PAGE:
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The Daily Wildcat

 

Brother Jed’s family speaks out

Gordon Bates/ Arizona Daily Wildcat
Brother Jeds wife, Sister Cindy (far right), and two of their five daughters came to the UA Mall on Tuesday, February 16th, to be part of one of the regular spring semester visits from Campus Ministry USAs Brother Jed. Following this moment, Eighteen-year-old Martha (left) sang as her fifteen-year-old sister Priscilla (third from left) played the guitar during one of their multiple song performances that afternoon.
Gordon Bates
Gordon Bates/ Arizona Daily Wildcat Brother Jed’s wife, Sister Cindy (far right), and two of their five daughters came to the UA Mall on Tuesday, February 16th, to be part of one of the regular spring semester visits from Campus Ministry USA’s Brother Jed. Following this moment, Eighteen-year-old Martha (left) sang as her fifteen-year-old sister Priscilla (third from left) played the guitar during one of their multiple song performances that afternoon.

Martha Smock is graduating from high school this year. When she finishes homeschooling, she would like to join her father, known as controversial campus preacher Brother Jed Smock, on his campus visits.

“”When school starts up, I’ll travel with my dad for a year, and then I want to go to an arts school for graphic design and photography,”” Martha Smock said.

Martha and Priscilla Smock joined their parents, Cindy and Jed Smock to preach at the UA campus this week.

“”The University of Arizona is a typical college campus,”” said Cindy Smock. “”It’s pretty and there’s lots of sin.””

Cindy Smock said that she enjoys preaching at the University of Missouri, which has a freedom of speech area on campus.

The Smock daughters are used to most college students’ negative reactions to Jed Smock, but they said repetitive discussion bores them.

“”It’s annoying when people say the same thing over and over again and they think they’re really original, especially if they’ve already said it that day,”” said Priscilla Smock with regards to some of the onlookers who dispute with Jed Smock.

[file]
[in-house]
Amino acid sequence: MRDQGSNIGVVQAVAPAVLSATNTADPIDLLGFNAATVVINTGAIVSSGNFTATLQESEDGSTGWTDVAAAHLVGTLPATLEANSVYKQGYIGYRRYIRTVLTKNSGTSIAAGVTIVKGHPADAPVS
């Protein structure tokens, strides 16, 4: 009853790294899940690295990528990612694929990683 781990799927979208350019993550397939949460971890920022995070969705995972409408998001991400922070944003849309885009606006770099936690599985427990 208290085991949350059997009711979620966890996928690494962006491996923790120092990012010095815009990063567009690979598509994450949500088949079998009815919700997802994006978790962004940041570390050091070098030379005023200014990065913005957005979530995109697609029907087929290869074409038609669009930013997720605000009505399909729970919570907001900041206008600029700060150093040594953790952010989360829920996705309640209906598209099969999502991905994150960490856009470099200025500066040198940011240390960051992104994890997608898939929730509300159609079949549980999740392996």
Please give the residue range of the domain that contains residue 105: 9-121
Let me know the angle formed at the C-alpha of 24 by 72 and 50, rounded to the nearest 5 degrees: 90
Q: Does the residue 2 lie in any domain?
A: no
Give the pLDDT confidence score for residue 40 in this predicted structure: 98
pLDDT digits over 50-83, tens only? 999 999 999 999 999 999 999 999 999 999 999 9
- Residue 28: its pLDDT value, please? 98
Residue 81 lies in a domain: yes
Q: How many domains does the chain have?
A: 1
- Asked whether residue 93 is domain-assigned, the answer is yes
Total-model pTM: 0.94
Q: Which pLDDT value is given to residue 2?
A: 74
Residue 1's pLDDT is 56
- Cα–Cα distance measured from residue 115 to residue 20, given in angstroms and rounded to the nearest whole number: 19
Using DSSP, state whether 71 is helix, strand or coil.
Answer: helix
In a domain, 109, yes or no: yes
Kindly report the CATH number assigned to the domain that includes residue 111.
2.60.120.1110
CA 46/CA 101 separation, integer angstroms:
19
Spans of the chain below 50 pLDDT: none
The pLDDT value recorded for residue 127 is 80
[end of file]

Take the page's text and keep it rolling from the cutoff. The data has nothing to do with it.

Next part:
The Smock daughters have been to college campuses all over the country.

“”Besides Alaska and Hawaii, I think we’ve preached in nearly every state,”” Priscilla Smock said.

The sisters have explored college campuses in different ways as they’ve grown up.  

“”When we were younger, we had a blast on every campus,”” Martha Smock said. “”We’d bring our toys with us and slide down the banisters. Now, we pretty much just listen.””

Martha Smock has been traveling with Jed Smock since she was a baby, and she chose to preach with her dad after she finishes school so she could spend extra time with him.

“”He’s 67 right now, so if I can have that extra year with my dad, it will be nice,”” Martha Smock said.

The Smock daughters are aware of most college students’ assumptions about them.

“”They believe we’re brainwashed — that’s the most common thought,”” said Priscilla Smock. “”Especially when we say we’re homeschooled.””

Martha Smock said that homeschooled students are often stereotyped in different ways.

“”Others think we’re a bunch of farmers and have no social life,”” Martha Smock said.

But both Martha and Priscilla Smock will be attending their homeschool-organized prom. They don’t have dates, but it’s not typical for their homeschooled classmates to go with dates, Martha Smock said.

The sisters are not allowed to date until they graduate high school, but they have several male friends.

Priscilla Smock spends her Saturdays rehearsing for a performance of “”The Sound of Music,”” and her sister recently had a Super Bowl party.

“”We hang out with friends every weekend,”” Martha Smock said.

The Smocks will be at the UA campus until Friday. They will visit Arizona State University next week.

“”People shouldn’t feel sorry for us,”” Priscilla Smock said. “”We’re not sorry.””

Students’ reaction

Approximately 60 people gathered around Brother Jed’s preaching Tuesday afternoon.

“”I love coming here to watch Jed, it’s entertaining,”” said Matt Anderson, a sociology junior. “”(His daughters) must be crazy to follow him around, though.””

Danielle Hurd, a family studies and human development sophomore, shared a similar view.

“”I’ve never talked to the family, and I don’t know the wife’s stance on everything, but the family seems brainwashed, especially the daughters,”” Hurd said. “”I question if they really believe everything they say they do.””

Students gave their insight on Cindy Smock’s preaching methods.

“”I think she is an extremist, and she’s really judgmental,”” said Diera Gooden, a family and consumer sciences freshman. “”It’s really sad to see her embarrassing herself like this.””

Alex Budish, a journalism junior, has been to all Jed Smock’s visits this semester.

“”I’ve met Jed’s daughters, they’re nice, but preaching through hate will never work. Even so, they have a right to be here, and so do I,”” Budish said.

 

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